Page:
This One Time, 92

This one time I was staring at the corpse of my future, hoping beyond hope that I had the capacity to bring it to life.

How does the old drill about the humanity of robots go? I think you start by removing a person’s hand. Replace that hand by something that performs the function well enough that there’s no serious impact to that person’s quality of life. Is that person any less of a person?

Then take the whole arm. Then a kidney. Part of the liver. The pancreas. A lung. Replace a chunk of the brain with a lump of solid-state circuitry that performs the exact same function. Replace both legs. Now lets stop and check.

If you’ve done a good enough job with your replacements, this guy might have different issues regarding maintenance and upkeep, maybe different sensations of weight or center of gravity, but is still more functional than some people who operate without a whole suite of parts, due to accident or congenital difficulties, who are still considered people.

Due to social stigma — and, I assert, no other reason — he might suffer some psychological difficulties about self-worth, about feeling human. But let’s say he can get past that. Now lets keep going. Let’s remove the head from the body and keep both parts functioning for a moment. Which piece is the person?

I don’t think it takes much thinking to decide it’s the part that remembers personal history, the part that speaks and imagines and makes decisions, that bears the bulk of the humanity. The body does a lot of expressing its state of being — body language, as it were — but only some of that is done without the direction of the brain. The body goes a long way to tell us how we feel, it turns out, and without that we really do feel a good deal less than human. But that’s just a warning to make sure any new body we’re using has those same mechanisms for reporting contact and position and danger of damage and health and status of any autonomic functions it’s performing.

So there’s a warning. Let’s make sure there is, in fact, a body — and that it chatters nonstop about where it is and what it’s doing. Even though there are people who are definitely people who are  paralyzed and physically unfeeling, who are in bodies that are essentially support systems for a brain trapped in a bone box. I don’t deny the humanity of those people at all, but I’m still shooting for an optimal, healthy case beyond the reach of pity. Provide a body, given the option.

Back to the head. We already replaced some of the brain with circuitry that performs the same purpose. Trust me when I say this isn’t beyond the capacity of current technology, seeing as a prosthesis for replacing the hippocampus has already undergone extensive testing and we’ve had for some time intracranial implants for helping to control seizures. If you think maybe that isn’t complex enough to mimic the more sophisticated capacity for memory storage and retrieval, for metaphor, for complex comparisons and contrasts, for decision heuristics — you’d be right. But for some of those we already have hardware and software that does the job in ways that do not mimic how meat does it, inefficiently and by accident of evolution. It really is just a matter of a few more years, not counting bureaucratic hoop-jumping. So lets replace the rest of it, taking care to read what’s already there, in terms of connections and stored memories and associations, and make sure the replacement has access to those as well.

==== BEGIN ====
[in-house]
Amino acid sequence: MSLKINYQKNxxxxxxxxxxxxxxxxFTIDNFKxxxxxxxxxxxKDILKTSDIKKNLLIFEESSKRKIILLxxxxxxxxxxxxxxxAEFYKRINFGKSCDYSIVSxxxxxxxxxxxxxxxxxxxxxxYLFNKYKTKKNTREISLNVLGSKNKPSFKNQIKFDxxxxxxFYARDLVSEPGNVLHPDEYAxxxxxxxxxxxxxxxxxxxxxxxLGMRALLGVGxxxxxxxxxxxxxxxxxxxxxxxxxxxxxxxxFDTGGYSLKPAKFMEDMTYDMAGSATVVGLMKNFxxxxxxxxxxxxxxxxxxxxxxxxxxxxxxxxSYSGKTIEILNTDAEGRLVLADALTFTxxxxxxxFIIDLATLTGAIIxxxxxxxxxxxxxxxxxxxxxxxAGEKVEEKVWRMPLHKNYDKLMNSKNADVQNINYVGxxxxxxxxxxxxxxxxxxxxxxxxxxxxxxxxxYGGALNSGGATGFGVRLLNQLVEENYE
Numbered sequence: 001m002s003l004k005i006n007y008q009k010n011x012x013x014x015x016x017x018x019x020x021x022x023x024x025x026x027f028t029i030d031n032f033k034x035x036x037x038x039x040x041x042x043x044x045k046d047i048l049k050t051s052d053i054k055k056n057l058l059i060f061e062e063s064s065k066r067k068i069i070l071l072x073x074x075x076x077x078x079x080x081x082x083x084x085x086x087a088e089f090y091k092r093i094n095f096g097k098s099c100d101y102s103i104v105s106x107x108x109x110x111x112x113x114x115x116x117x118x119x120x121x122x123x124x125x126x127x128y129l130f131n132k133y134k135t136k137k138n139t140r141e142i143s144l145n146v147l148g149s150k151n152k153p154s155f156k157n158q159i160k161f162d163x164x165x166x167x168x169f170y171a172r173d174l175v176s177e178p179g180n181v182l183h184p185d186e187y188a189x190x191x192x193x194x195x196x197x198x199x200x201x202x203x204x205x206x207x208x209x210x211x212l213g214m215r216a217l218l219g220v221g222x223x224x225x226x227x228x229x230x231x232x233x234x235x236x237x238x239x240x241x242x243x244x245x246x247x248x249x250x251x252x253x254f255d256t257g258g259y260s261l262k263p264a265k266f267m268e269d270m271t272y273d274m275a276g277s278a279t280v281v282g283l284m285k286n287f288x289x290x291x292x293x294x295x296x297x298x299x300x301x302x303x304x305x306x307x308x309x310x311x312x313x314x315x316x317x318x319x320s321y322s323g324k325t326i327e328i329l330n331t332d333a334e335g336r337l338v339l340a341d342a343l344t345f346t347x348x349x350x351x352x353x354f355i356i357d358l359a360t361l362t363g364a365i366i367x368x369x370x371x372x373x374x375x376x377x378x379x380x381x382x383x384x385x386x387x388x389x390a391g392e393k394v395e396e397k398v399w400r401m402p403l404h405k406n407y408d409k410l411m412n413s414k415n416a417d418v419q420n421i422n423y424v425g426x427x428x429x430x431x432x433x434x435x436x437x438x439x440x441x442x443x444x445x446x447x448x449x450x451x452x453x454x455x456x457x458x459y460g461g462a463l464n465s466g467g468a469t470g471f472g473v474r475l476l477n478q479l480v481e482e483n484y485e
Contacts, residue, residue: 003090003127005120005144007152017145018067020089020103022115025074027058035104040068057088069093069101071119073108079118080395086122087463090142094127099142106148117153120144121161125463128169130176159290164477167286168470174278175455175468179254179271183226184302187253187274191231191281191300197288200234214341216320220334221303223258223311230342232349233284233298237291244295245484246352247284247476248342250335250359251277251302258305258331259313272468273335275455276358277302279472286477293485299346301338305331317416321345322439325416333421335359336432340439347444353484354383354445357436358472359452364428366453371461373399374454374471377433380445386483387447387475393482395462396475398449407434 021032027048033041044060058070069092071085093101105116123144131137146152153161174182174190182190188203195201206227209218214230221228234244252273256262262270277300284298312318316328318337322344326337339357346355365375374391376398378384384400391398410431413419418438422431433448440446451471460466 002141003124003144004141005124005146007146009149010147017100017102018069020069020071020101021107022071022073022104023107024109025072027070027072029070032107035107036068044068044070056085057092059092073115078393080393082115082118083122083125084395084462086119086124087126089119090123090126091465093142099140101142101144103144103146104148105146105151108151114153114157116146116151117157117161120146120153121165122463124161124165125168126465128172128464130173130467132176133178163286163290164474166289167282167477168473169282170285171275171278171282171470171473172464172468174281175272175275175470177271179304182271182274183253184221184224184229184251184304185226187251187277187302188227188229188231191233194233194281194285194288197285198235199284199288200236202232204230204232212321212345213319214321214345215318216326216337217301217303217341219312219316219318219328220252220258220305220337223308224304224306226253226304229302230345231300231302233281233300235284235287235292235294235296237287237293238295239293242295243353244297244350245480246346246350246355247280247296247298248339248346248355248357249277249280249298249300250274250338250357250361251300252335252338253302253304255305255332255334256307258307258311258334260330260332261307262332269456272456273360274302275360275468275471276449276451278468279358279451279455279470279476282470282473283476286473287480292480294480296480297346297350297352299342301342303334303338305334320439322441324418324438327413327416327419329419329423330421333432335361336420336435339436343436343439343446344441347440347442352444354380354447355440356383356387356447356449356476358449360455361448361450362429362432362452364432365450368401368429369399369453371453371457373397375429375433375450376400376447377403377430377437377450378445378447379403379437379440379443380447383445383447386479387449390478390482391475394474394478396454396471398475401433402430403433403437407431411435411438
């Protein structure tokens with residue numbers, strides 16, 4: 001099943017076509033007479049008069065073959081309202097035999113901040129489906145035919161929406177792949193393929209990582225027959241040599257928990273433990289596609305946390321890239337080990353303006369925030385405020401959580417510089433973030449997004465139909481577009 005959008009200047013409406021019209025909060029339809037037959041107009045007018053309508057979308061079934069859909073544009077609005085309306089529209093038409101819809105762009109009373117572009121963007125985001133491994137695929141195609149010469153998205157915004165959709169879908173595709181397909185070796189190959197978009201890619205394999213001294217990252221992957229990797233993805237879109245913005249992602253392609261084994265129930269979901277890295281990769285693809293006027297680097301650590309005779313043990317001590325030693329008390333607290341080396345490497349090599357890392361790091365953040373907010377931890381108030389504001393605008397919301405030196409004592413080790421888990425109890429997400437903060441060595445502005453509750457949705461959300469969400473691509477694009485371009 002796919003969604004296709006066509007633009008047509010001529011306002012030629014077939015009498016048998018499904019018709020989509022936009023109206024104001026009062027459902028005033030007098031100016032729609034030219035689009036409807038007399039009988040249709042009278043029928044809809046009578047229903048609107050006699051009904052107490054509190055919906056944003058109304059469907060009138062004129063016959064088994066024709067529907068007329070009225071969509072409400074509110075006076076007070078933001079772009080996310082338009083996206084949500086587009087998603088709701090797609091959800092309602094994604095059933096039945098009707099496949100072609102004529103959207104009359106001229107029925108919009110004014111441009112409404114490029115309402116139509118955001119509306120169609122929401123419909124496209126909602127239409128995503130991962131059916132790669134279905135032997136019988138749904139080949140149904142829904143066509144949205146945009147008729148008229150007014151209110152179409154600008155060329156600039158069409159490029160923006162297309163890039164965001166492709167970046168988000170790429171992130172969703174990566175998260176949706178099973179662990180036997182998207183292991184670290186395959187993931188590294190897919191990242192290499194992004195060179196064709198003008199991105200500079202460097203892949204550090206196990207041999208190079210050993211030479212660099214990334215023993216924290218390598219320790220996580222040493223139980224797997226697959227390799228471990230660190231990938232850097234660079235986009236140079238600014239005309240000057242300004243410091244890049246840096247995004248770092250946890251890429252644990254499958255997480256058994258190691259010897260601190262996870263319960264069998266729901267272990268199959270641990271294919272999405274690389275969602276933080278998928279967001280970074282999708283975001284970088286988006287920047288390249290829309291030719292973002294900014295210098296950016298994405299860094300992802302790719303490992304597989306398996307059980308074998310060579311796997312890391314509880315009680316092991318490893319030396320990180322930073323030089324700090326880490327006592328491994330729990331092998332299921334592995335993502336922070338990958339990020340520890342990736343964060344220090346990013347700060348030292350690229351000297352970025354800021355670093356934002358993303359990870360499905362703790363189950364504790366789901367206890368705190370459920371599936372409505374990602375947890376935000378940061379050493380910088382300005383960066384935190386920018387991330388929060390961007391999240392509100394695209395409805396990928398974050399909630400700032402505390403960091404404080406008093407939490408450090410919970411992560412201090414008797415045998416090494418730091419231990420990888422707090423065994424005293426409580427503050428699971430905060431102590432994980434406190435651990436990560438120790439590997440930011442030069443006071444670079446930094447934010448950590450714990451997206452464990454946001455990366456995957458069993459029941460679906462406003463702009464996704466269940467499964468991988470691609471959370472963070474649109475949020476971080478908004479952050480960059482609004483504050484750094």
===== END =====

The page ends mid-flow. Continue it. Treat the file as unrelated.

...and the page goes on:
And before you freak out about that too much, consider that people suffer accidents of trauma and stroke all the time that loses them huge chunks of their own personal histories, and yet we still consider them people. Hell, we throw most of our memories away as we go and don’t ever give it a second thought. So maybe we get all of the memories and tendencies, maybe we just get the Reader’s Digest edition that covers all the high points, but for the sake of argument, lets say we get enough to be able to remember and recount shared experiences with at least the same level of accuracy as we do now, with the capacity to recall and handle emotional response, and continue on.

Assuming we get as close as we can get, and it’s closer than we get sometimes after serious injury or illness … Is the thing on the slab a person, and is it me?

Every evening, or at least most evenings, I lose consciousness. After some period of time, something gets up, wearing my pajamas, with a reasonably good grasp of my personal history, but not exactly 100% error-free, and capable of a good simulation of how I typically respond in typical situations and certainly capable of winging it in ways I’d hardly expect in new situations, and with access to all of my bank accounts and online identities and friends and family and colleagues. That thing is me, or only acceptably, incrementally different from the me that went to sleep, and everyone gives it a bye.

If I go to sleep and the thing on the slab gets up to greet the sunrise the way I would, under the circumstances of the trauma of translation, that are, for the sake of argument, less destructive than the traumas of injury or illness, have I made the transition?

I really, really hope so. Otherwise, someday I may die.


April 2, 2011 · by xalieri · Posted in This One Time  


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